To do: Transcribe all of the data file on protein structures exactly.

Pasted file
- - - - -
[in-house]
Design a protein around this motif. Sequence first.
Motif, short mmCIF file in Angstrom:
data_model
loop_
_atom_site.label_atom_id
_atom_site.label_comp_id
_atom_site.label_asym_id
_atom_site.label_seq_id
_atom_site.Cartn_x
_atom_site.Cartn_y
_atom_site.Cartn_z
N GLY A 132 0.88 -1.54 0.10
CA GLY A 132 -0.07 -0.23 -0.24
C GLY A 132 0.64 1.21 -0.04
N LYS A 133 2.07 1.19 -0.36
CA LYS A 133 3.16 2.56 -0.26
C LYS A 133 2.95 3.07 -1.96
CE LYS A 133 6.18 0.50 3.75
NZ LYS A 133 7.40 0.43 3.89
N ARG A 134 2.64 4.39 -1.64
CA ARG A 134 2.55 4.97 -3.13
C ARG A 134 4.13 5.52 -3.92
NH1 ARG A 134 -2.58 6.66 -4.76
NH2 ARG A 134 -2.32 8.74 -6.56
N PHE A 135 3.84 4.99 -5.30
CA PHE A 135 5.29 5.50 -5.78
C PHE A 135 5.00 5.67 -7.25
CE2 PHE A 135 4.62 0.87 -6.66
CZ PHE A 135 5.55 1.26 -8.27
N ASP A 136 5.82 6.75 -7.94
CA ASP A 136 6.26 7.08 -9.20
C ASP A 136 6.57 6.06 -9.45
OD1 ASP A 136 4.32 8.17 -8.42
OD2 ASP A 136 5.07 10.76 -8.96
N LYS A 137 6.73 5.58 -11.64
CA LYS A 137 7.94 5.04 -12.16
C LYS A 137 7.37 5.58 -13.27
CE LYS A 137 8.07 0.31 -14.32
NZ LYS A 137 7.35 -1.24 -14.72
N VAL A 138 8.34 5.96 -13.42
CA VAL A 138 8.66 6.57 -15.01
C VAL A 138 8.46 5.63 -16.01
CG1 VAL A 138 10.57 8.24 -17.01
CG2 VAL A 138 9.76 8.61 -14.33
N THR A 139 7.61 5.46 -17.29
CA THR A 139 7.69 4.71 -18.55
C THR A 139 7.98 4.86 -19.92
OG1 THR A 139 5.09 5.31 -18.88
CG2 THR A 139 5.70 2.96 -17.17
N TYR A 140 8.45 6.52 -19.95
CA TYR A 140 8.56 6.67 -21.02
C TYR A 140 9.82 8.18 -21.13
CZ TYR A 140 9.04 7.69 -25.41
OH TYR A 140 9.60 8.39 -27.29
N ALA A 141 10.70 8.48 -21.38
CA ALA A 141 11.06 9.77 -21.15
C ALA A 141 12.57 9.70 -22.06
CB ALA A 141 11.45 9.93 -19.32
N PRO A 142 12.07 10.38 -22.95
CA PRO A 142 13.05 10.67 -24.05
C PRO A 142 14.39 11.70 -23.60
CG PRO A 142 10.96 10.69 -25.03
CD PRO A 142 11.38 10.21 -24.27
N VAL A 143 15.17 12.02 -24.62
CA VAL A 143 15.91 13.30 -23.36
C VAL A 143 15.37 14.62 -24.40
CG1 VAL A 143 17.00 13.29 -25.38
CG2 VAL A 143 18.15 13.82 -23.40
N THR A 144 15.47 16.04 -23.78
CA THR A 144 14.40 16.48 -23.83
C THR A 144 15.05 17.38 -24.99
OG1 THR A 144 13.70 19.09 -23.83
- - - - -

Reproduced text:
[in-house]
Design a protein around this motif. Sequence first.
Motif, short mmCIF file in Angstrom:
data_model
loop_
_atom_site.label_atom_id
_atom_site.label_comp_id
_atom_site.label_asym_id
_atom_site.label_seq_id
_atom_site.Cartn_x
_atom_site.Cartn_y
_atom_site.Cartn_z
N GLY A 132 0.88 -1.54 0.10
CA GLY A 132 -0.07 -0.23 -0.24
C GLY A 132 0.64 1.21 -0.04
N LYS A 133 2.07 1.19 -0.36
CA LYS A 133 3.16 2.56 -0.26
C LYS A 133 2.95 3.07 -1.96
CE LYS A 133 6.18 0.50 3.75
NZ LYS A 133 7.40 0.43 3.89
N ARG A 134 2.64 4.39 -1.64
CA ARG A 134 2.55 4.97 -3.13
C ARG A 134 4.13 5.52 -3.92
NH1 ARG A 134 -2.58 6.66 -4.76
NH2 ARG A 134 -2.32 8.74 -6.56
N PHE A 135 3.84 4.99 -5.30
CA PHE A 135 5.29 5.50 -5.78
C PHE A 135 5.00 5.67 -7.25
CE2 PHE A 135 4.62 0.87 -6.66
CZ PHE A 135 5.55 1.26 -8.27
N ASP A 136 5.82 6.75 -7.94
CA ASP A 136 6.26 7.08 -9.20
C ASP A 136 6.57 6.06 -9.45
OD1 ASP A 136 4.32 8.17 -8.42
OD2 ASP A 136 5.07 10.76 -8.96
N LYS A 137 6.73 5.58 -11.64
CA LYS A 137 7.94 5.04 -12.16
C LYS A 137 7.37 5.58 -13.27
CE LYS A 137 8.07 0.31 -14.32
NZ LYS A 137 7.35 -1.24 -14.72
N VAL A 138 8.34 5.96 -13.42
CA VAL A 138 8.66 6.57 -15.01
C VAL A 138 8.46 5.63 -16.01
CG1 VAL A 138 10.57 8.24 -17.01
CG2 VAL A 138 9.76 8.61 -14.33
N THR A 139 7.61 5.46 -17.29
CA THR A 139 7.69 4.71 -18.55
C THR A 139 7.98 4.86 -19.92
OG1 THR A 139 5.09 5.31 -18.88
CG2 THR A 139 5.70 2.96 -17.17
N TYR A 140 8.45 6.52 -19.95
CA TYR A 140 8.56 6.67 -21.02
C TYR A 140 9.82 8.18 -21.13
CZ TYR A 140 9.04 7.69 -25.41
OH TYR A 140 9.60 8.39 -27.29
N ALA A 141 10.70 8.48 -21.38
CA ALA A 141 11.06 9.77 -21.15
C ALA A 141 12.57 9.70 -22.06
CB ALA A 141 11.45 9.93 -19.32
N PRO A 142 12.07 10.38 -22.95
CA PRO A 142 13.05 10.67 -24.05
C PRO A 142 14.39 11.70 -23.60
CG PRO A 142 10.96 10.69 -25.03
CD PRO A 142 11.38 10.21 -24.27
N VAL A 143 15.17 12.02 -24.62
CA VAL A 143 15.91 13.30 -23.36
C VAL A 143 15.37 14.62 -24.40
CG1 VAL A 143 17.00 13.29 -25.38
CG2 VAL A 143 18.15 13.82 -23.40
N THR A 144 15.47 16.04 -23.78
CA THR A 144 14.40 16.48 -23.83
C THR A 144 15.05 17.38 -24.99
OG1 THR A 144 13.70 19.09 -23.83